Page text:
And while the CNN/ORC International survey also indicates that slightly more people are angry at Republicans than Democrats or President Obama for the shutdown, it is clear that both sides are taking a hit.
Huge majorities of Democrats are angry at Republicans, and huge majorities of Republicans are angry at Obama and Democrats. Independents are equally angry at all sides, with 59% of independents very or somewhat angry at Democrats, six in 10 angry at the GOP, and 58% angry at Obama.
What's more, the poll indicates that 18% of the public says the shutdown is a crisis and an additional 49% say the shutdown has caused major problems.
Would a shot of caffeine help?
The Starbucks Corp. CEO is using his megaphone to express his discontent. Howard Schultz urged fellow business leaders to ratchet up the pressure on U.S. political leaders to end the stalemate.
"This weekend I heard from several business leaders who shared their concern about our relative silence and impact in urging the political leadership to act on behalf of the citizenry," he wrote in a letter posted on the company's website. "It is our responsibility to address the crisis of confidence that is needlessly being set in motion."
And a wealthy couple donated $10 million to reopen shuttered Head Start programs around the country. Laura and John Arnold's donation will allow 7,200 children to return to the early education program for low-income children.
While Washington politicians appear to be playing a game of chicken over who will cave first, a dangerous salmonella outbreak, probably caused from tainted chicken, has affected at least 278 people in 18 states and raises questions about food safety during the partial shutdown.
While the agency is working to contain the problem, the director of the Centers for Disease Control and Prevention, Thomas Frieden, tweeted his frustration with his agency's inability to do its job during the shutdown. "Microbes/other threats didn't shut down. We are less safe," he said via Twitter last week.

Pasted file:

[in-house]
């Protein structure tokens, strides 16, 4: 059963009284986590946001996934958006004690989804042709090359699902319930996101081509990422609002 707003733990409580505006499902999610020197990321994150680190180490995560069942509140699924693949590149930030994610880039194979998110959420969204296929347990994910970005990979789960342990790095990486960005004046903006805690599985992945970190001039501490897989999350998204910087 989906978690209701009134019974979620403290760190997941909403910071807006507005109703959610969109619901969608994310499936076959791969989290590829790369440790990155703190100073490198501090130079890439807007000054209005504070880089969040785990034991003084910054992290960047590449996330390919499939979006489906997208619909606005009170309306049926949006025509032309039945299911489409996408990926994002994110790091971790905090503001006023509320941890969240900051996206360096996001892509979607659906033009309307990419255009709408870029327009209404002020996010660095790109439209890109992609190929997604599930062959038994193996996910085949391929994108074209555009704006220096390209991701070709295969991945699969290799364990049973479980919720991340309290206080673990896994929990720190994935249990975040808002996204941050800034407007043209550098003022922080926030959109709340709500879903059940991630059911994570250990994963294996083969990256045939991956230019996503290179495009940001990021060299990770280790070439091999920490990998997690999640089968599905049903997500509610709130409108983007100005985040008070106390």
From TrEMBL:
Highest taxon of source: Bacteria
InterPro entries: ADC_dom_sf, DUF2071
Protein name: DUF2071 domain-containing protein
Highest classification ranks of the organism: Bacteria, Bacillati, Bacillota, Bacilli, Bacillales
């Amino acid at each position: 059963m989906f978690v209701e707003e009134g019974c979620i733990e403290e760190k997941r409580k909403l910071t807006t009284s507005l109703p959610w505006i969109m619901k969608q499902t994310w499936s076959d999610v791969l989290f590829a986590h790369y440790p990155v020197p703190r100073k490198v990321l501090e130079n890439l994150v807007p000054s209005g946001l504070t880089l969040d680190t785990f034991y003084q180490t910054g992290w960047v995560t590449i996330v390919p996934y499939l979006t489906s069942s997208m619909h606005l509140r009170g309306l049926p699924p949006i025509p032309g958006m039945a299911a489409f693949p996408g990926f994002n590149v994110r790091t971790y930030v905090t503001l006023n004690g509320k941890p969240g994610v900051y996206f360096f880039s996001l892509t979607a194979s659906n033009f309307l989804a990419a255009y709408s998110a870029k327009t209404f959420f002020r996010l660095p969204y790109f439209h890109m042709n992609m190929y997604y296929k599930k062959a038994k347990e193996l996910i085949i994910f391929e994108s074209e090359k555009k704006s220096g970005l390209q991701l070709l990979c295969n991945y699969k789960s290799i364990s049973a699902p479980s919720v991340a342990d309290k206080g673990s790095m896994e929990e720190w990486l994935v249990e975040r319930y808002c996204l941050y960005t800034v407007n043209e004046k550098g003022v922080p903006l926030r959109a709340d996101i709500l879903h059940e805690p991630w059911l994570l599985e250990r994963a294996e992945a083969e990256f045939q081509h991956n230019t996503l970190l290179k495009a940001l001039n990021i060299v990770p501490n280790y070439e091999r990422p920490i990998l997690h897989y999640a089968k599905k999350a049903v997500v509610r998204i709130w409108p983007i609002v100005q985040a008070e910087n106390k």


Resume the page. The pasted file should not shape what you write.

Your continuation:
Comings and goings
The CDC's 8,754 furloughed workers are a small portion of the approximately 483,000 government employees told to stay at home during the partial shutdown.
After Defense Secretary Chuck Hagel said most of the furloughed civilians at the Defense Department would be called back to work, just 14% of federal workers are now listed as furloughed.
And the Federal Aviation Administration is telling more than 800 employees to return to work, including 600 inspectors and safety staff.
Other agencies are just now beginning their furloughs. The Nuclear Regulatory Commission said Monday it expects to furlough about 3,900 employees at the close of business Thursday if the impasse isn't resolved.
Meanwhile, the number of furloughed federal workers seeking temporary unemployment assistance continues to rise.
The nation's capital and its surrounding areas have been hit especially hard. As of Tuesday morning, the District of Columbia's Department of Employment Services had received 11,000 applications for unemployment assistance from federal workers, according to spokeswoman Najla Haywood.
In neighboring Maryland, the Department of Labor, Licensing and Regulation received more than 16,000 new applications from furloughed workers as of Sunday night, according to spokeswoman Maureen O'Connor.
Several states, including Virginia, have mandatory waiting periods before furloughed workers can submit an application, so it remains unclear how many furloughed government workers nationwide will take advantage of unemployment assistance programs.
If furloughed workers are retroactively issued pay for the days they did not work, they will have to return money issued to them by their state.
Shutdown meltdown: for the economy
If the weeklong government shutdown stretches to a month, it would cost the economy $50 billion.
That estimate is actually $5 billion lower than the initial estimate of Mark Zandi, chief economist for Moody's Analytics. He lowered his forecast after the Defense Department recalled nearly half of 800,000 federal employees furloughed last week, and it appeared that Congress would quickly approve a measure to pay other furloughed workers retroactively.
That's only the direct impact. There are indirect costs, too.
... for consumers